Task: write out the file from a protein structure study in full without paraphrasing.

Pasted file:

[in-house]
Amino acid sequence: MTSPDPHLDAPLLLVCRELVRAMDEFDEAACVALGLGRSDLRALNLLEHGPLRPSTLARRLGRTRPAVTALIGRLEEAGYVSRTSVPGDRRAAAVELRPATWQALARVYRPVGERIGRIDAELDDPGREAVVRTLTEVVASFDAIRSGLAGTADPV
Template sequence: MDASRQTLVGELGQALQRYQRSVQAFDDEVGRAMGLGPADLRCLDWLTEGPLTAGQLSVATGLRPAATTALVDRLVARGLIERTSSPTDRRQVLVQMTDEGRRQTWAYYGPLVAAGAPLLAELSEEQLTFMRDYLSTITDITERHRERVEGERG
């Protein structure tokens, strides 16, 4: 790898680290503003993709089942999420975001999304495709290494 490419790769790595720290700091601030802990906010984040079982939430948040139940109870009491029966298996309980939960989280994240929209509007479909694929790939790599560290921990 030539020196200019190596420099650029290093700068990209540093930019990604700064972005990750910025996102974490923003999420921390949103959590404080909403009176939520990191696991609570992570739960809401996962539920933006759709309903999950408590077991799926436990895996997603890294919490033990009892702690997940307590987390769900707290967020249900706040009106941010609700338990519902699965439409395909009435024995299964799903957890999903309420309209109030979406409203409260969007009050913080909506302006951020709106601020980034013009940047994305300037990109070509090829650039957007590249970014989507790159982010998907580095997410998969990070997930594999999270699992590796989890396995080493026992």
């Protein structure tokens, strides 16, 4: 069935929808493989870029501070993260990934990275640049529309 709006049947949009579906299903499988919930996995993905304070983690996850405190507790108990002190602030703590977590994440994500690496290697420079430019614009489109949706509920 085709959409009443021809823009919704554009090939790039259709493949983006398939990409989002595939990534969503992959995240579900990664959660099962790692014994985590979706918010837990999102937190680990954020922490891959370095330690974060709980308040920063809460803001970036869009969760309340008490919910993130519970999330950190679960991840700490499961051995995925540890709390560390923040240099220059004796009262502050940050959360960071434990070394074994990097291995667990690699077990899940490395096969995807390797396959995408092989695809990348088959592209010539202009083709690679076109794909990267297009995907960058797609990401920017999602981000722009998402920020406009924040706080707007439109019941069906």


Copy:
[in-house]
Amino acid sequence: MTSPDPHLDAPLLLVCRELVRAMDEFDEAACVALGLGRSDLRALNLLEHGPLRPSTLARRLGRTRPAVTALIGRLEEAGYVSRTSVPGDRRAAAVELRPATWQALARVYRPVGERIGRIDAELDDPGREAVVRTLTEVVASFDAIRSGLAGTADPV
Template sequence: MDASRQTLVGELGQALQRYQRSVQAFDDEVGRAMGLGPADLRCLDWLTEGPLTAGQLSVATGLRPAATTALVDRLVARGLIERTSSPTDRRQVLVQMTDEGRRQTWAYYGPLVAAGAPLLAELSEEQLTFMRDYLSTITDITERHRERVEGERG
């Protein structure tokens, strides 16, 4: 790898680290503003993709089942999420975001999304495709290494 490419790769790595720290700091601030802990906010984040079982939430948040139940109870009491029966298996309980939960989280994240929209509007479909694929790939790599560290921990 030539020196200019190596420099650029290093700068990209540093930019990604700064972005990750910025996102974490923003999420921390949103959590404080909403009176939520990191696991609570992570739960809401996962539920933006759709309903999950408590077991799926436990895996997603890294919490033990009892702690997940307590987390769900707290967020249900706040009106941010609700338990519902699965439409395909009435024995299964799903957890999903309420309209109030979406409203409260969007009050913080909506302006951020709106601020980034013009940047994305300037990109070509090829650039957007590249970014989507790159982010998907580095997410998969990070997930594999999270699992590796989890396995080493026992």
């Protein structure tokens, strides 16, 4: 069935929808493989870029501070993260990934990275640049529309 709006049947949009579906299903499988919930996995993905304070983690996850405190507790108990002190602030703590977590994440994500690496290697420079430019614009489109949706509920 085709959409009443021809823009919704554009090939790039259709493949983006398939990409989002595939990534969503992959995240579900990664959660099962790692014994985590979706918010837990999102937190680990954020922490891959370095330690974060709980308040920063809460803001970036869009969760309340008490919910993130519970999330950190679960991840700490499961051995995925540890709390560390923040240099220059004796009262502050940050959360960071434990070394074994990097291995667990690699077990899940490395096969995807390797396959995408092989695809990348088959592209010539202009083709690679076109794909990267297009995907960058797609990401920017999602981000722009998402920020406009924040706080707007439109019941069906």